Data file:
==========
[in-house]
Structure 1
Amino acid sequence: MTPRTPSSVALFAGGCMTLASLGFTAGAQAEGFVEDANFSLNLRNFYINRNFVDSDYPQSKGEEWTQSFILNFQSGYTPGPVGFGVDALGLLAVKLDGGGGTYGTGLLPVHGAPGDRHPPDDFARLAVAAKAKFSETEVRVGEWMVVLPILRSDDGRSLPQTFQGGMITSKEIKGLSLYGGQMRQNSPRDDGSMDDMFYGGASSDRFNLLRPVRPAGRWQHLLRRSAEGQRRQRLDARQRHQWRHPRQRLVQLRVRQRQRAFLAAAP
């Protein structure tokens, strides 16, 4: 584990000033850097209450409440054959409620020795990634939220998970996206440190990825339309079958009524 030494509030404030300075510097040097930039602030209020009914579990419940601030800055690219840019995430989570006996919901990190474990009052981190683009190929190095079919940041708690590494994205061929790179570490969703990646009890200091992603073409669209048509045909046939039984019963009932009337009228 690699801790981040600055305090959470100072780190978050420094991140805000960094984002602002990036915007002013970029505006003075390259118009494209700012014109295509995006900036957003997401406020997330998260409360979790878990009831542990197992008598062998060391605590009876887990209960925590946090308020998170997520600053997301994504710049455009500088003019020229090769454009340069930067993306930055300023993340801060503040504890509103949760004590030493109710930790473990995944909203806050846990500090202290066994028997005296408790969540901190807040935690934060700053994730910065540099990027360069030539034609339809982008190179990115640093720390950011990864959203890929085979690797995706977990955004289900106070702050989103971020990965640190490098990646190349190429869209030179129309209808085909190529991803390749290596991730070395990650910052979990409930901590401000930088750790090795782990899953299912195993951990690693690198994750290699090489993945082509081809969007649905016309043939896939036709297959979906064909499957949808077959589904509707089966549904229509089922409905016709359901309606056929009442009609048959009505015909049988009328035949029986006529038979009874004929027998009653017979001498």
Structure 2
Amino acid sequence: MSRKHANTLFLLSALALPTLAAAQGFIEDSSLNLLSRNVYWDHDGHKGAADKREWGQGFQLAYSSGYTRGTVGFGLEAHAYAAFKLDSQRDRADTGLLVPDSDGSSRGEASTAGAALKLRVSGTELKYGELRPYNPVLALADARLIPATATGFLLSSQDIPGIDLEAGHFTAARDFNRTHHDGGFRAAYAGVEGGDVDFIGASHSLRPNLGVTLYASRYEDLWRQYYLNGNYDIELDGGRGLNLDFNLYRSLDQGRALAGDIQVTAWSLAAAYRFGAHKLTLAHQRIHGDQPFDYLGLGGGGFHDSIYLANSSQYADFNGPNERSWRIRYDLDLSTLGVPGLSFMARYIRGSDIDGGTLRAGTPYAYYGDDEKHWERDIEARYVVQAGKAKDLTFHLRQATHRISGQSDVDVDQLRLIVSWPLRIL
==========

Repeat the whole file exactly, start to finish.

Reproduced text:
[in-house]
Structure 1
Amino acid sequence: MTPRTPSSVALFAGGCMTLASLGFTAGAQAEGFVEDANFSLNLRNFYINRNFVDSDYPQSKGEEWTQSFILNFQSGYTPGPVGFGVDALGLLAVKLDGGGGTYGTGLLPVHGAPGDRHPPDDFARLAVAAKAKFSETEVRVGEWMVVLPILRSDDGRSLPQTFQGGMITSKEIKGLSLYGGQMRQNSPRDDGSMDDMFYGGASSDRFNLLRPVRPAGRWQHLLRRSAEGQRRQRLDARQRHQWRHPRQRLVQLRVRQRQRAFLAAAP
């Protein structure tokens, strides 16, 4: 584990000033850097209450409440054959409620020795990634939220998970996206440190990825339309079958009524 030494509030404030300075510097040097930039602030209020009914579990419940601030800055690219840019995430989570006996919901990190474990009052981190683009190929190095079919940041708690590494994205061929790179570490969703990646009890200091992603073409669209048509045909046939039984019963009932009337009228 690699801790981040600055305090959470100072780190978050420094991140805000960094984002602002990036915007002013970029505006003075390259118009494209700012014109295509995006900036957003997401406020997330998260409360979790878990009831542990197992008598062998060391605590009876887990209960925590946090308020998170997520600053997301994504710049455009500088003019020229090769454009340069930067993306930055300023993340801060503040504890509103949760004590030493109710930790473990995944909203806050846990500090202290066994028997005296408790969540901190807040935690934060700053994730910065540099990027360069030539034609339809982008190179990115640093720390950011990864959203890929085979690797995706977990955004289900106070702050989103971020990965640190490098990646190349190429869209030179129309209808085909190529991803390749290596991730070395990650910052979990409930901590401000930088750790090795782990899953299912195993951990690693690198994750290699090489993945082509081809969007649905016309043939896939036709297959979906064909499957949808077959589904509707089966549904229509089922409905016709359901309606056929009442009609048959009505015909049988009328035949029986006529038979009874004929027998009653017979001498």
Structure 2
Amino acid sequence: MSRKHANTLFLLSALALPTLAAAQGFIEDSSLNLLSRNVYWDHDGHKGAADKREWGQGFQLAYSSGYTRGTVGFGLEAHAYAAFKLDSQRDRADTGLLVPDSDGSSRGEASTAGAALKLRVSGTELKYGELRPYNPVLALADARLIPATATGFLLSSQDIPGIDLEAGHFTAARDFNRTHHDGGFRAAYAGVEGGDVDFIGASHSLRPNLGVTLYASRYEDLWRQYYLNGNYDIELDGGRGLNLDFNLYRSLDQGRALAGDIQVTAWSLAAAYRFGAHKLTLAHQRIHGDQPFDYLGLGGGGFHDSIYLANSSQYADFNGPNERSWRIRYDLDLSTLGVPGLSFMARYIRGSDIDGGTLRAGTPYAYYGDDEKHWERDIEARYVVQAGKAKDLTFHLRQATHRISGQSDVDVDQLRLIVSWPLRIL